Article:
An Unheralded Building Index

That bleak assessment, which prevailed widely at the nadir of the Great Depression, is the polar opposite of that typically prevailing at the crest of a boom, i.e., on the eve of a bust. Grant writes that “the actual peak in the Coolidge bull market [in the northern summer of 1929] was accompanied by a richly symbolic milestone in the construction of 40 Wall Street, better known then as the Bank of Manhattan Building after the principal, original, ground floor tenant. Both the market and the building were aspiring to supreme heights; the building, for the title of the world’s tallest.”

Craig Severance, the architect of 40 Wall, competed frenetically against his former partner and the architect of the Chrysler Building, William Van Alen; and during these buildings’ erection, as plans and finances were repeatedly and frenetically upgraded in order to add ever more storeys and to secure the record, newspapers and the general public vied to ascertain which skyscraper would thrust highest. At the last minute Van Alen hoisted a hitherto-secret 56-metre spire atop the Chrysler Building (319 metres.) This surpassed Severance and 40 Wall (283 metres) but the victory was fleeting: a belated third contestant, the Starrett Brothers’ 381-metre Empire State Building, was completed in 1930 (Carol Willis, Form Follows Finance: Skyscrapers and Skylines in New York and Chicago, Princeton Architectural Press, 1995, ISBN: 1568980442).

The initial owners of the Empire State Building assumed that their jewel would command an average rent of $US64.50 per square metre (equivalent to $US725 per square metre in 2002.) The Bank of Manhattan Trust Co. signed a 21-year lease, renewable for another 71 years, which stipulated that the rental in a renewal period would be no less than that in the preceding period. According to proprietors and tenants alike, in other words, the economic future for the remainder of their lifetimes and decades beyond would be bright and could only become brighter. The existence of a business cycle, i.e., of downs as well as ups, was unimagined; and the possibility that the cycle’s downward leg might be nigh, sharp and extended was inconceivable.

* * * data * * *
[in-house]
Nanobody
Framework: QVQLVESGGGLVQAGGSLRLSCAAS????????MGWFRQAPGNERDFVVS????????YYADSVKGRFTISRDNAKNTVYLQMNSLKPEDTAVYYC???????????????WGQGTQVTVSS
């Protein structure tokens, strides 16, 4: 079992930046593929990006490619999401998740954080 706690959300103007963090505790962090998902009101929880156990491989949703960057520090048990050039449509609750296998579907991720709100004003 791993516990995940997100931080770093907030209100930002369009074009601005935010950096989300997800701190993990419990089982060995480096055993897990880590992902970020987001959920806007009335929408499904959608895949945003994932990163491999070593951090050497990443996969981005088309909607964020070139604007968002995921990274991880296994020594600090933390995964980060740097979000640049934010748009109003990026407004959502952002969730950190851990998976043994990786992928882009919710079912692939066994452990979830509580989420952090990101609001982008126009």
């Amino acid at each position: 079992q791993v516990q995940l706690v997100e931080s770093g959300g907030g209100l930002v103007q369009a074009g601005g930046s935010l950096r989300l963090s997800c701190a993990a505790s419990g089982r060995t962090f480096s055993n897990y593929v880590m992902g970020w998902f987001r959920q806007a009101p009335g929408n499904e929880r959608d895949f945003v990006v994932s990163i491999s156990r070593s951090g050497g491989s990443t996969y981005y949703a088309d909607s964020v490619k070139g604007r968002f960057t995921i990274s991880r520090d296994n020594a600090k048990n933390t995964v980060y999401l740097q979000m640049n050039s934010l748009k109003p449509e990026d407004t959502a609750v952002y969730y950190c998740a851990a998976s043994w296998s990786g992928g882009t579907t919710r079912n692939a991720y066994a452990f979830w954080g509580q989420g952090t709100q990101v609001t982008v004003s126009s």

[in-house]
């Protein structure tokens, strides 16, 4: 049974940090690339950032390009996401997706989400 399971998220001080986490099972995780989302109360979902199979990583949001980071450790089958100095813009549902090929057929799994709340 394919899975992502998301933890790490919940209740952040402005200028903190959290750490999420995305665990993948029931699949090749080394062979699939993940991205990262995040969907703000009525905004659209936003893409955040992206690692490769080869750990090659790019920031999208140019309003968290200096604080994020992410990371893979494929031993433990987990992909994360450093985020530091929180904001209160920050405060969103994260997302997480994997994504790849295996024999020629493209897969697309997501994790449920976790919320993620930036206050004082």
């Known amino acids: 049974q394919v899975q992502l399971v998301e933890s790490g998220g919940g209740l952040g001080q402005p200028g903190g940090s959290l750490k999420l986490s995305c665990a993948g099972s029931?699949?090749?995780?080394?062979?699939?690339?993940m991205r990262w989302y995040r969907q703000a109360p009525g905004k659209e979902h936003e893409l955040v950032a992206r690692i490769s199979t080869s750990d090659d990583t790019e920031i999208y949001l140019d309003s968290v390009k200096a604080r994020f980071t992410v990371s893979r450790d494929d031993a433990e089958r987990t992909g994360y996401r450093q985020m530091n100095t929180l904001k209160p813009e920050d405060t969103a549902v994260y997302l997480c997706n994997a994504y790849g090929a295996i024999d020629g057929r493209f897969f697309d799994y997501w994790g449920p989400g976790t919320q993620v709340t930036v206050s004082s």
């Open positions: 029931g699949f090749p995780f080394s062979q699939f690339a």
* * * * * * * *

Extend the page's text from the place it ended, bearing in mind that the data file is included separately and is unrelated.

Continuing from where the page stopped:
Alas, even before the Empire State Building was finished the rapidly deepening Great Depression demonstrated that large numbers of people had erred staggeringly on the side of optimism. Not until the mid-1950s would its average tenant pay at least $64.50 per square metre; similarly, and equally symbolically, not until Dwight Eisenhower’s second term in the White House would major stock market indices return to the heights that they scaled late in 1929. As a result, for the next forty years the Empire State Building was the world’s tallest – and for long stretches was neither fully tenanted nor profitable.

More generally, William Pesek observes (“Want To Know Where the Next Disaster Will Hit? Look Where the World’s Biggest Skyscraper’s Going Up,” Barron’s, 17 May 1999) that “over the past 100 years there’s been an uncanny correlation between an attempt to construct the world’s tallest building and financial crises. Be it New York in 1930, Chicago in 1974 or Kuala Lumpur in 1997, almost all projects aimed at erecting mankind’s next architectural monstrosity proved a reliable precursor of meltdown. Sound farfetched? Hong Kong-based economist Andrew Lawrence of Dresdner Kleinwort Benson has been developing his own ‘Skyscraper Index’ to capture the phenomenon. So far, he says, the connection between one-upmanship among developers and economic panic is virtually impeccable.”